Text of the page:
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Discussion Starter #1
Hi all

I took out one of my echinodorus amazonicus to open up more space for my background rotalas. The plant is really good looking and I don´t have space for it in the tank.

I would love to emerse it and plant it. Can anybody help on how to properly do this? What do I need? Can I just place it into a pot or does it need tons of humidity? How much water and how often?

My second question is for my crypts. I have noticed that whenever I increase the Co2 rate (up to a max of 4-5 bps) my crypts melt (from what I can see these were grown emersed, round leaves on wendtii crypts), however the rest of the plants are happy and start bubbling. I i reduce the Co2 rate the plants don´t bubble at all?

What do you think is the problem?
 

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Discussion Starter #3
Thanks! very interesting. so moisture is the Key word here. I´m ready to try it out, see how this echino does emersed (it has done great inmersed and the roots are huuge)

If it works I´ll try it out with the crypts, were I´m having problems inside the tank
 

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High humidity and very wet soil are definitely the keys. I keep my emersed plants in a regular 3" pot with around 1-1.5" of water in the bottom, so the soil is constantly saturated. Plants like Crypts and Echinodorus come from very boggy or even partly submerged areas, so they like lots of water.

Just remember, both kinds will need to transition from submersed to emersed form, so expect a good amount of die off before new growth comes in.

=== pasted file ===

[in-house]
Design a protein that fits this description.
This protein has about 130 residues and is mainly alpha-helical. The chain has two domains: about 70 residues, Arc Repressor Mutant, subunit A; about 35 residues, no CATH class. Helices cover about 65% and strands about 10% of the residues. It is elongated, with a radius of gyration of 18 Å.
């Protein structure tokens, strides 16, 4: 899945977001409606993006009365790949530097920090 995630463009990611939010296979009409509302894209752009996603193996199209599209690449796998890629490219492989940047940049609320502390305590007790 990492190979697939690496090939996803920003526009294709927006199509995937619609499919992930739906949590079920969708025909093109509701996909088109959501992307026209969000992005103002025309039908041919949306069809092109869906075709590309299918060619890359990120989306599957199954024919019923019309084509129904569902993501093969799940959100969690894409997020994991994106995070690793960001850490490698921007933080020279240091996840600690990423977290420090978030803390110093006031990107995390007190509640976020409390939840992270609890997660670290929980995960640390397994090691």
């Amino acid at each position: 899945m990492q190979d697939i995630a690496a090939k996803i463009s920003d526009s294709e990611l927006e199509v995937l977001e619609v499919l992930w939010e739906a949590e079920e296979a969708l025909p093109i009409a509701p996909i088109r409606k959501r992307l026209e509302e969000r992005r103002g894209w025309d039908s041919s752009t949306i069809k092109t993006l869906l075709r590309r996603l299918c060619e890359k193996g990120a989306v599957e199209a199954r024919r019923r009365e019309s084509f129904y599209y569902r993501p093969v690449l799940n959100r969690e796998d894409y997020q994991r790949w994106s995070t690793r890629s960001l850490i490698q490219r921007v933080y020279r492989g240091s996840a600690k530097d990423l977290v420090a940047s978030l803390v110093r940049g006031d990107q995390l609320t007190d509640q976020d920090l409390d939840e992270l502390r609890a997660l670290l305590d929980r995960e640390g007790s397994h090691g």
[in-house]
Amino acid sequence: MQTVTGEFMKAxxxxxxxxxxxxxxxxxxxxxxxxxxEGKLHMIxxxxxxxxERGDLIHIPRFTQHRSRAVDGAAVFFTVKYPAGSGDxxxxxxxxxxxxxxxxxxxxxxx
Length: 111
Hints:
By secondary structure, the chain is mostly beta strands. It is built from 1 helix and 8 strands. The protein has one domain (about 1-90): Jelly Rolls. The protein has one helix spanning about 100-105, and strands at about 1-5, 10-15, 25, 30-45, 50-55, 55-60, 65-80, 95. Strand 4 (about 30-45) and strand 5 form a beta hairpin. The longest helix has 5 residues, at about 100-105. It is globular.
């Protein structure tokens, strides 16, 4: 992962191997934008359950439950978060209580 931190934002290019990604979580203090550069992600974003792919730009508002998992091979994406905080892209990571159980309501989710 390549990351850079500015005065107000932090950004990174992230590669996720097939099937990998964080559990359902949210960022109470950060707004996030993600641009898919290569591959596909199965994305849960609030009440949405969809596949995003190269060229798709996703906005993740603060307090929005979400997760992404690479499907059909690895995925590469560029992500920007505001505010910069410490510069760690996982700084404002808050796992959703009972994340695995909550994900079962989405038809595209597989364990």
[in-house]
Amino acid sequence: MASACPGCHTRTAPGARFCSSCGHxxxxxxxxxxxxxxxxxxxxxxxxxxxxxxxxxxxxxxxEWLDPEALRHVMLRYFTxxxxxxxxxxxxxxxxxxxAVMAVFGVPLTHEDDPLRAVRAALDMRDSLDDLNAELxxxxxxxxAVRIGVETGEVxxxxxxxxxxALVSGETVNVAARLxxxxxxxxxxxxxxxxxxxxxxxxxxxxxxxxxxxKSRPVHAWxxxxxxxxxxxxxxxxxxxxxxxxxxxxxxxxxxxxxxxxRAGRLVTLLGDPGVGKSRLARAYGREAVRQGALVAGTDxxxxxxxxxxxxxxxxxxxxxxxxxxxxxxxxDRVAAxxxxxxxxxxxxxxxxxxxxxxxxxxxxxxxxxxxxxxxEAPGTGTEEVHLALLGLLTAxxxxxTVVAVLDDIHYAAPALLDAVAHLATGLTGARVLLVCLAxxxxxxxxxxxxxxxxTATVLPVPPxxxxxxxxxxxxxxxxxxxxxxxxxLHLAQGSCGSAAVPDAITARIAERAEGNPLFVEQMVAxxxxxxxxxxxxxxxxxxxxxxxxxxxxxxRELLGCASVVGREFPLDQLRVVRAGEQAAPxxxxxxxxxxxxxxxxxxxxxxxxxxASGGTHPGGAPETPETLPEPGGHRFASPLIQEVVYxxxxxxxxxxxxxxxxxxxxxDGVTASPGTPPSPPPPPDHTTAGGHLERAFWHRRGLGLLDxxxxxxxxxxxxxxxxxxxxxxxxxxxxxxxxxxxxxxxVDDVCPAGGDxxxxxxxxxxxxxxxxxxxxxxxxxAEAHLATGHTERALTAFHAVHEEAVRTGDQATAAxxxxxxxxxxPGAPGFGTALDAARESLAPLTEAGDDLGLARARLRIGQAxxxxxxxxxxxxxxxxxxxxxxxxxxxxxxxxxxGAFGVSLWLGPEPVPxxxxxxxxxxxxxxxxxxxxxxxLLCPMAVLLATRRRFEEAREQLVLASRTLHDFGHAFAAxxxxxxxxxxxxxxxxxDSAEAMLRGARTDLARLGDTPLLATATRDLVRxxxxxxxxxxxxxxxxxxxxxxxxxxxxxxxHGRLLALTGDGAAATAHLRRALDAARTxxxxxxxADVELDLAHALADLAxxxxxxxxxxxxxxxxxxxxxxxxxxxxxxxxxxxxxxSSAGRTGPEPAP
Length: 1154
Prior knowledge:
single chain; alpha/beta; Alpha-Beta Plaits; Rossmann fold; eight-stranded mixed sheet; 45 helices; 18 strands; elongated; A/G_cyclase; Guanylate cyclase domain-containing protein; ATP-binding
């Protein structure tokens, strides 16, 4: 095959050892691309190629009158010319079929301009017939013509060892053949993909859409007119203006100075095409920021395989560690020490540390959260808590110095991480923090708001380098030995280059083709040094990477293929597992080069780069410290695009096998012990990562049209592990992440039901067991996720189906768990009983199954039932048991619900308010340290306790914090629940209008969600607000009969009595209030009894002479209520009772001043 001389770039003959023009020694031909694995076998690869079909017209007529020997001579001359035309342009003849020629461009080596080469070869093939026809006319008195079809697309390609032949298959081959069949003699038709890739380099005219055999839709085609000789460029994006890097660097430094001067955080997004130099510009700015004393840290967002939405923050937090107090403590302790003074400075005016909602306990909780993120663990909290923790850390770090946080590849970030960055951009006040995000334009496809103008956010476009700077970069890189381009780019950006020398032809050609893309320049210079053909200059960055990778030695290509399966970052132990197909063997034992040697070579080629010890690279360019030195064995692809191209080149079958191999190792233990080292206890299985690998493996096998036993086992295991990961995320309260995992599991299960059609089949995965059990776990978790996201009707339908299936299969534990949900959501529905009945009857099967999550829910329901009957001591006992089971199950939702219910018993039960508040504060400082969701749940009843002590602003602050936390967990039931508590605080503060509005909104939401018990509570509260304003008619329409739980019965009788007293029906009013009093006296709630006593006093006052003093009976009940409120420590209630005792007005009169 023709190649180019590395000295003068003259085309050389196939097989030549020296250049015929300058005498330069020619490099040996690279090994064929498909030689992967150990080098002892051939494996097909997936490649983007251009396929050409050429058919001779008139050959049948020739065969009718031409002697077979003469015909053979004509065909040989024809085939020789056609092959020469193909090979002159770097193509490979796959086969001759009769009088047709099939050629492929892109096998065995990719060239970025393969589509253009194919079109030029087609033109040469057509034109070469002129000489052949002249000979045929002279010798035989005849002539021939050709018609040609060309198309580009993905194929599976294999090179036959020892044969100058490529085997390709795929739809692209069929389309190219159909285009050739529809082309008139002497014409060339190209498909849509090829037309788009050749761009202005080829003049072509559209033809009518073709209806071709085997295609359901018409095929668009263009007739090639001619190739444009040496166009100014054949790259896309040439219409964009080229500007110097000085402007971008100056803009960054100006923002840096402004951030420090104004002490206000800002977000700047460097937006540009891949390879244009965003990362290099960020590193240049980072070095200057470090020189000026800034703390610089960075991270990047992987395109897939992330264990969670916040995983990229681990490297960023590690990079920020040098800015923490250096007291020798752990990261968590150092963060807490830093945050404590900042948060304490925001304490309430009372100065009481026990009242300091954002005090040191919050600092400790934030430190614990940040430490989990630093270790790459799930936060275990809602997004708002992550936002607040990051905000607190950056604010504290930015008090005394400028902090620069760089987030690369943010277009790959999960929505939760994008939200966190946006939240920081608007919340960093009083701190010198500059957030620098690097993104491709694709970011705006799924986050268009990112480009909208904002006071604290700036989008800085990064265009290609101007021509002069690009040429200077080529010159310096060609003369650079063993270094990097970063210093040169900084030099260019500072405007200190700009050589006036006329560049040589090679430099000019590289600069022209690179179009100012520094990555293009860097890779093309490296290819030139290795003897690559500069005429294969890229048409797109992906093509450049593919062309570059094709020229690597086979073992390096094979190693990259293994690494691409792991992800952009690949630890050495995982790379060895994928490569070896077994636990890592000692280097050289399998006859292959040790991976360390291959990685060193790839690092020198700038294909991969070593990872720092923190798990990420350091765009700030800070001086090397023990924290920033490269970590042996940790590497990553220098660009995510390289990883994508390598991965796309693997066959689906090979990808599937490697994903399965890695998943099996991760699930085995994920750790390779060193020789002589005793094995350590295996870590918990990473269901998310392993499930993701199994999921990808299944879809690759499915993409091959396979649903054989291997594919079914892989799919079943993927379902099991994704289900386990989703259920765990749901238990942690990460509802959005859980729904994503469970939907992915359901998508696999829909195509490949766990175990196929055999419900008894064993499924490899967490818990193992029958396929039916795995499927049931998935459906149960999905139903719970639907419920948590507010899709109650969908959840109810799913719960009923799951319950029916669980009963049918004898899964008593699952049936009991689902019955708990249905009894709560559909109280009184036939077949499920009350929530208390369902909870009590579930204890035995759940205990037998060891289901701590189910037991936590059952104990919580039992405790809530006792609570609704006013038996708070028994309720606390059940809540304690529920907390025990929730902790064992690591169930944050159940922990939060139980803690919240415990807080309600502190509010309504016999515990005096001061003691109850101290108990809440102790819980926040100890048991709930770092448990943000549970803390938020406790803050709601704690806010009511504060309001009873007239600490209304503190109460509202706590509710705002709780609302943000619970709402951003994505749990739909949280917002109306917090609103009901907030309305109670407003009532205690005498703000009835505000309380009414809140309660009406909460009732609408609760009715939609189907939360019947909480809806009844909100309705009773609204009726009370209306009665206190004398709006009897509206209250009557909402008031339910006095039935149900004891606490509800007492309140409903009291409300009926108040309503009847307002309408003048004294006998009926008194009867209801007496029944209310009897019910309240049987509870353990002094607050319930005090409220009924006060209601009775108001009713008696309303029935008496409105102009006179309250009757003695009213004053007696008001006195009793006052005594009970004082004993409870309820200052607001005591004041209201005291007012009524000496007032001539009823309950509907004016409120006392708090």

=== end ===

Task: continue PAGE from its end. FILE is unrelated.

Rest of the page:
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You don't need humidity for an emersed setup. Albeit some plants require it such as anubias, but crypts and swords do not need it. In fact, I have had great success without some plants just growing in a pot on a window sill.

Moist substrate is more than adequate for most crypts and swords (and usually some type of covered container, but like I said, I have grown some in just a normal flower pot).

Good luck.

P.S. the crypt melt from the CO2 increase can be alot of things. I would venture to say that the increase in acidity from the CO2 injection is most likely ther culprit. If its a transition from emersed culture to a sumersed condition, then this is very common.
 

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Discussion Starter #6
Thanks so much, so it´s probably the transition from emersed to inmersed effect too combined with the changed in ph. In the mornings when I turn on the co2 the ph reading in the meter is around 7.0 and it goes down all the way to 6.6 throughout the day. So should I just leave it there and hope it comes back? I have another crypt that is fully converted (long narrow leaves now) and that one doesn´t seem affected at all.



Glenn do you have a picture of an emersed sword? just curious how it looks!
 
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